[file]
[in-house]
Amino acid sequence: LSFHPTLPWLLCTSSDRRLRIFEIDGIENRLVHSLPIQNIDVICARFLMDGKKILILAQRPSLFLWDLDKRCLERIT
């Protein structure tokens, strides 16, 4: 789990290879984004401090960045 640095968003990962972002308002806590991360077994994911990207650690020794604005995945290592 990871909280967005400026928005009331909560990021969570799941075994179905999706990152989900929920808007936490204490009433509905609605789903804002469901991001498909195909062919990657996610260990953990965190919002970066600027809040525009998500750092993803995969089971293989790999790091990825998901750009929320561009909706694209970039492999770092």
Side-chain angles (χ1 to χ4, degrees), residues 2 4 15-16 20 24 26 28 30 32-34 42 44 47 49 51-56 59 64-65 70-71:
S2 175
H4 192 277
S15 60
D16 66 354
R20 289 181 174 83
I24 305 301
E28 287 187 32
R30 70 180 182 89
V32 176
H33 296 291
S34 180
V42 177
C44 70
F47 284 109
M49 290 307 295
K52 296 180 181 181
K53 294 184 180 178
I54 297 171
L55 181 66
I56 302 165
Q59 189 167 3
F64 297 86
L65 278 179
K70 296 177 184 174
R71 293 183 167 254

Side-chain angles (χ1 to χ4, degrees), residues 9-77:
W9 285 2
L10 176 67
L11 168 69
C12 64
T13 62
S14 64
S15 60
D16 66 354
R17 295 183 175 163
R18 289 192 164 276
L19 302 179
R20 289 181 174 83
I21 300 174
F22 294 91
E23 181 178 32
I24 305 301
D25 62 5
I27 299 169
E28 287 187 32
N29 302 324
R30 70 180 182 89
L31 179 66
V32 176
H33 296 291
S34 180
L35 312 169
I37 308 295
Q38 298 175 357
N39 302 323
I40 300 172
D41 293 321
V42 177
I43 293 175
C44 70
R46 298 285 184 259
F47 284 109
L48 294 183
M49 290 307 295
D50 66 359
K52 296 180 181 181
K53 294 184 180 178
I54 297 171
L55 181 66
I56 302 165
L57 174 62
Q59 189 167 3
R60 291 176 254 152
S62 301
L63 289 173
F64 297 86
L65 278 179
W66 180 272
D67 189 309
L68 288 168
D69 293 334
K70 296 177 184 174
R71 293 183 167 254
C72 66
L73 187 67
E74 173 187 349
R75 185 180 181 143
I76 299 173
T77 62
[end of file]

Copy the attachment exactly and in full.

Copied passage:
[in-house]
Amino acid sequence: LSFHPTLPWLLCTSSDRRLRIFEIDGIENRLVHSLPIQNIDVICARFLMDGKKILILAQRPSLFLWDLDKRCLERIT
């Protein structure tokens, strides 16, 4: 789990290879984004401090960045 640095968003990962972002308002806590991360077994994911990207650690020794604005995945290592 990871909280967005400026928005009331909560990021969570799941075994179905999706990152989900929920808007936490204490009433509905609605789903804002469901991001498909195909062919990657996610260990953990965190919002970066600027809040525009998500750092993803995969089971293989790999790091990825998901750009929320561009909706694209970039492999770092």
Side-chain angles (χ1 to χ4, degrees), residues 2 4 15-16 20 24 26 28 30 32-34 42 44 47 49 51-56 59 64-65 70-71:
S2 175
H4 192 277
S15 60
D16 66 354
R20 289 181 174 83
I24 305 301
E28 287 187 32
R30 70 180 182 89
V32 176
H33 296 291
S34 180
V42 177
C44 70
F47 284 109
M49 290 307 295
K52 296 180 181 181
K53 294 184 180 178
I54 297 171
L55 181 66
I56 302 165
Q59 189 167 3
F64 297 86
L65 278 179
K70 296 177 184 174
R71 293 183 167 254

Side-chain angles (χ1 to χ4, degrees), residues 9-77:
W9 285 2
L10 176 67
L11 168 69
C12 64
T13 62
S14 64
S15 60
D16 66 354
R17 295 183 175 163
R18 289 192 164 276
L19 302 179
R20 289 181 174 83
I21 300 174
F22 294 91
E23 181 178 32
I24 305 301
D25 62 5
I27 299 169
E28 287 187 32
N29 302 324
R30 70 180 182 89
L31 179 66
V32 176
H33 296 291
S34 180
L35 312 169
I37 308 295
Q38 298 175 357
N39 302 323
I40 300 172
D41 293 321
V42 177
I43 293 175
C44 70
R46 298 285 184 259
F47 284 109
L48 294 183
M49 290 307 295
D50 66 359
K52 296 180 181 181
K53 294 184 180 178
I54 297 171
L55 181 66
I56 302 165
L57 174 62
Q59 189 167 3
R60 291 176 254 152
S62 301
L63 289 173
F64 297 86
L65 278 179
W66 180 272
D67 189 309
L68 288 168
D69 293 334
K70 296 177 184 174
R71 293 183 167 254
C72 66
L73 187 67
E74 173 187 349
R75 185 180 181 143
I76 299 173
T77 62